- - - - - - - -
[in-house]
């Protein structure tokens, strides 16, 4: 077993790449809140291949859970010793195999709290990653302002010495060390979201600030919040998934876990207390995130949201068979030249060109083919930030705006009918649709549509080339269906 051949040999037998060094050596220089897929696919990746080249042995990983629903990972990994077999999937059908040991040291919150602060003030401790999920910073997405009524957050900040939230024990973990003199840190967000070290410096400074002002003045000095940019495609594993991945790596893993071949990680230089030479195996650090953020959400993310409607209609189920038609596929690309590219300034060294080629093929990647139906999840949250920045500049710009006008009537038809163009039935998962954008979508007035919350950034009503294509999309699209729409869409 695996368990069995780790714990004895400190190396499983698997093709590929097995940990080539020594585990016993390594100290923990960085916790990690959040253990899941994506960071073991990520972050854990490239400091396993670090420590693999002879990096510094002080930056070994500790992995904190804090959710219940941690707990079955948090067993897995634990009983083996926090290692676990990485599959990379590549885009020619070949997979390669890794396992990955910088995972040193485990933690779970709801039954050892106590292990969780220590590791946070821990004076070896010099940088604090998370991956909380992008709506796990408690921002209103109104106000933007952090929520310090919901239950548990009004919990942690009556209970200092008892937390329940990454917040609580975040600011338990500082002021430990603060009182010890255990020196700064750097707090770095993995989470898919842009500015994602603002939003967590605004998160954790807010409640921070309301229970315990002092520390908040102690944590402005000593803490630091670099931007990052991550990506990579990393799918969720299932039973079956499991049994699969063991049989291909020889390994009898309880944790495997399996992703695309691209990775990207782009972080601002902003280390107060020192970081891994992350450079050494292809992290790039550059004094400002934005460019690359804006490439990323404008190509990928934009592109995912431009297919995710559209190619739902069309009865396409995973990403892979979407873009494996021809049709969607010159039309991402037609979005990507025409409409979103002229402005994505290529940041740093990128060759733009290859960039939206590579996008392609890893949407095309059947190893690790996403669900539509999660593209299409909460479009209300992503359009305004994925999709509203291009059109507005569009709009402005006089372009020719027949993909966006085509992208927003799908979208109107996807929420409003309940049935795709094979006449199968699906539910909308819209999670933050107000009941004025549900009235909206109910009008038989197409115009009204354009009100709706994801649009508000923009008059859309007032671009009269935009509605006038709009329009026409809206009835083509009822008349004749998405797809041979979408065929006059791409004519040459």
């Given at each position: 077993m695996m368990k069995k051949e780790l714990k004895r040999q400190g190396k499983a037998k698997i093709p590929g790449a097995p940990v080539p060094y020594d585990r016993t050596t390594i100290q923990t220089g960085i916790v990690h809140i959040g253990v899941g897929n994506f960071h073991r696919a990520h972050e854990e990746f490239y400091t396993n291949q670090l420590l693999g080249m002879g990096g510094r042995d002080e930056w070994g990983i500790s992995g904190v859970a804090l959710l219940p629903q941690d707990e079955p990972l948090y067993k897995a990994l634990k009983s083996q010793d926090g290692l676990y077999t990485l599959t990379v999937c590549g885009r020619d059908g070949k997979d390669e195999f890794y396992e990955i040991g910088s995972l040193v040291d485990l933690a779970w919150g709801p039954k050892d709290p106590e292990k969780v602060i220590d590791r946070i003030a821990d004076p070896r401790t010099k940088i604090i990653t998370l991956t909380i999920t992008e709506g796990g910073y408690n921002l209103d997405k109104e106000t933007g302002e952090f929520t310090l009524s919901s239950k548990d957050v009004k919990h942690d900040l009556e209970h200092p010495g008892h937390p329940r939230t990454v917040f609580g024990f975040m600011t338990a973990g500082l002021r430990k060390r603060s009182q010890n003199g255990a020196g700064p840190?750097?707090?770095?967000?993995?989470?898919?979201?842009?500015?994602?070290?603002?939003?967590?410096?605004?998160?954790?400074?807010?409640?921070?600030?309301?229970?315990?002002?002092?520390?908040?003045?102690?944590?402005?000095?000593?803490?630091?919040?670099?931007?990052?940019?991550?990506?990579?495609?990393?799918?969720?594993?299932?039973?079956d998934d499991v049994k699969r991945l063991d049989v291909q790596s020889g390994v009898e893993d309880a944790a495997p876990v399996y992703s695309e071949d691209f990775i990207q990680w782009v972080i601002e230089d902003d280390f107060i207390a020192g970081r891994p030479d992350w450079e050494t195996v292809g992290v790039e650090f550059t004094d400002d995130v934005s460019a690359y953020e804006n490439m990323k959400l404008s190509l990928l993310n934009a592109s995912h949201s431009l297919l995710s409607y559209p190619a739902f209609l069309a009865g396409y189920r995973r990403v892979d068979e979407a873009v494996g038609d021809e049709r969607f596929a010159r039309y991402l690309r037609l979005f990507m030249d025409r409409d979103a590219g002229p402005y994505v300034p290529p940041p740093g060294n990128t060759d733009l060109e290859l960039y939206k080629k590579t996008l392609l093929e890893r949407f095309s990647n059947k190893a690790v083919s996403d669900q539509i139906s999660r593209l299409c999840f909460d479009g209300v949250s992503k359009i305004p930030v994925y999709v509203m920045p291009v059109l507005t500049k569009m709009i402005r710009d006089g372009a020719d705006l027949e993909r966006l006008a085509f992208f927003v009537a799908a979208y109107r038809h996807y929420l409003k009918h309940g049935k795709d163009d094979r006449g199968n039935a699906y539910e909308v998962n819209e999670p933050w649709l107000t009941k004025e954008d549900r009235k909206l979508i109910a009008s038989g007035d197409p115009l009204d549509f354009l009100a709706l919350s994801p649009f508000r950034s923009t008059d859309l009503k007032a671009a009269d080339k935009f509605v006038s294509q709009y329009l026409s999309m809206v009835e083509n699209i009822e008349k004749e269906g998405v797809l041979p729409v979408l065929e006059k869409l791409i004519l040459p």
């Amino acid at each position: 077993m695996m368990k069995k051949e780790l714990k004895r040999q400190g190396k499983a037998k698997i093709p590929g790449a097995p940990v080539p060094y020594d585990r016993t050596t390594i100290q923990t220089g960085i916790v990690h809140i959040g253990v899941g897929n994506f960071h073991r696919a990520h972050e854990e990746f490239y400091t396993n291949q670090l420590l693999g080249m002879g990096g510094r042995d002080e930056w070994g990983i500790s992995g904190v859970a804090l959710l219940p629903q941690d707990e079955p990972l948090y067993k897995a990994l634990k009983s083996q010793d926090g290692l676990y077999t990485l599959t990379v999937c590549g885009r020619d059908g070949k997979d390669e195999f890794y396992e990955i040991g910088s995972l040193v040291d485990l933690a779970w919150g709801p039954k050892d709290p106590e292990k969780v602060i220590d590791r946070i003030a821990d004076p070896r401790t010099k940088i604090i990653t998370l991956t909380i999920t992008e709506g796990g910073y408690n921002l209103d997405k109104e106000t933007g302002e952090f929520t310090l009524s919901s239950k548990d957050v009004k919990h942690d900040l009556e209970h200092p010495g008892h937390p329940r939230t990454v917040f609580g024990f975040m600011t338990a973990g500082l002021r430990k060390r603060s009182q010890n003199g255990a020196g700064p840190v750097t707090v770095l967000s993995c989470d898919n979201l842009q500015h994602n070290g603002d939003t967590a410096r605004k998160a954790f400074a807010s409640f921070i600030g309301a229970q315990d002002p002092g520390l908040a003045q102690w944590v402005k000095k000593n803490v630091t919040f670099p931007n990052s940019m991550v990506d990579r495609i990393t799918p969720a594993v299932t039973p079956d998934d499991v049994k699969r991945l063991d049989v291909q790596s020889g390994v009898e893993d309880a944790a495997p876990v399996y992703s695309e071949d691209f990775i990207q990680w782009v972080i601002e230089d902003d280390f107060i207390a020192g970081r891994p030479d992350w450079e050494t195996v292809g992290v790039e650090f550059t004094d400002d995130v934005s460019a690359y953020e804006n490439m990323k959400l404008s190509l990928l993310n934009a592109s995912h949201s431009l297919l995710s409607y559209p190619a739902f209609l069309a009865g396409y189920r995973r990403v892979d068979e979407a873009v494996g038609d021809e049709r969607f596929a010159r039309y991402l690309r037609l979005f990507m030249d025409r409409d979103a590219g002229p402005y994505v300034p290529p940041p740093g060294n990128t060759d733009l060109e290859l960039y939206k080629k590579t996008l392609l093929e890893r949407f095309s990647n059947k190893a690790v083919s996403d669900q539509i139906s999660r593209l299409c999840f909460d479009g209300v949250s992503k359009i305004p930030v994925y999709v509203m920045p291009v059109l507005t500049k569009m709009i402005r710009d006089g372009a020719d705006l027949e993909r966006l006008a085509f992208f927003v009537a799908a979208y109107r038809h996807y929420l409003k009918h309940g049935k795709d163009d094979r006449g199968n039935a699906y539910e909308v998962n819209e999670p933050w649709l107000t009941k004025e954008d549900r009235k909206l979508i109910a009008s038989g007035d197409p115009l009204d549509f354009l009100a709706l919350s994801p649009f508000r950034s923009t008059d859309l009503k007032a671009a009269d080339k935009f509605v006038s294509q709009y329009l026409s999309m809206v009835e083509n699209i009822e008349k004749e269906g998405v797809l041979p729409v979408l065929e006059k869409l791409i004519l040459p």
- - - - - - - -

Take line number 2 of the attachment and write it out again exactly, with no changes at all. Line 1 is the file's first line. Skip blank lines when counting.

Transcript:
């Protein structure tokens, strides 16, 4: 077993790449809140291949859970010793195999709290990653302002010495060390979201600030919040998934876990207390995130949201068979030249060109083919930030705006009918649709549509080339269906 051949040999037998060094050596220089897929696919990746080249042995990983629903990972990994077999999937059908040991040291919150602060003030401790999920910073997405009524957050900040939230024990973990003199840190967000070290410096400074002002003045000095940019495609594993991945790596893993071949990680230089030479195996650090953020959400993310409607209609189920038609596929690309590219300034060294080629093929990647139906999840949250920045500049710009006008009537038809163009039935998962954008979508007035919350950034009503294509999309699209729409869409 695996368990069995780790714990004895400190190396499983698997093709590929097995940990080539020594585990016993390594100290923990960085916790990690959040253990899941994506960071073991990520972050854990490239400091396993670090420590693999002879990096510094002080930056070994500790992995904190804090959710219940941690707990079955948090067993897995634990009983083996926090290692676990990485599959990379590549885009020619070949997979390669890794396992990955910088995972040193485990933690779970709801039954050892106590292990969780220590590791946070821990004076070896010099940088604090998370991956909380992008709506796990408690921002209103109104106000933007952090929520310090919901239950548990009004919990942690009556209970200092008892937390329940990454917040609580975040600011338990500082002021430990603060009182010890255990020196700064750097707090770095993995989470898919842009500015994602603002939003967590605004998160954790807010409640921070309301229970315990002092520390908040102690944590402005000593803490630091670099931007990052991550990506990579990393799918969720299932039973079956499991049994699969063991049989291909020889390994009898309880944790495997399996992703695309691209990775990207782009972080601002902003280390107060020192970081891994992350450079050494292809992290790039550059004094400002934005460019690359804006490439990323404008190509990928934009592109995912431009297919995710559209190619739902069309009865396409995973990403892979979407873009494996021809049709969607010159039309991402037609979005990507025409409409979103002229402005994505290529940041740093990128060759733009290859960039939206590579996008392609890893949407095309059947190893690790996403669900539509999660593209299409909460479009209300992503359009305004994925999709509203291009059109507005569009709009402005006089372009020719027949993909966006085509992208927003799908979208109107996807929420409003309940049935795709094979006449199968699906539910909308819209999670933050107000009941004025549900009235909206109910009008038989197409115009009204354009009100709706994801649009508000923009008059859309007032671009009269935009509605006038709009329009026409809206009835083509009822008349004749998405797809041979979408065929006059791409004519040459």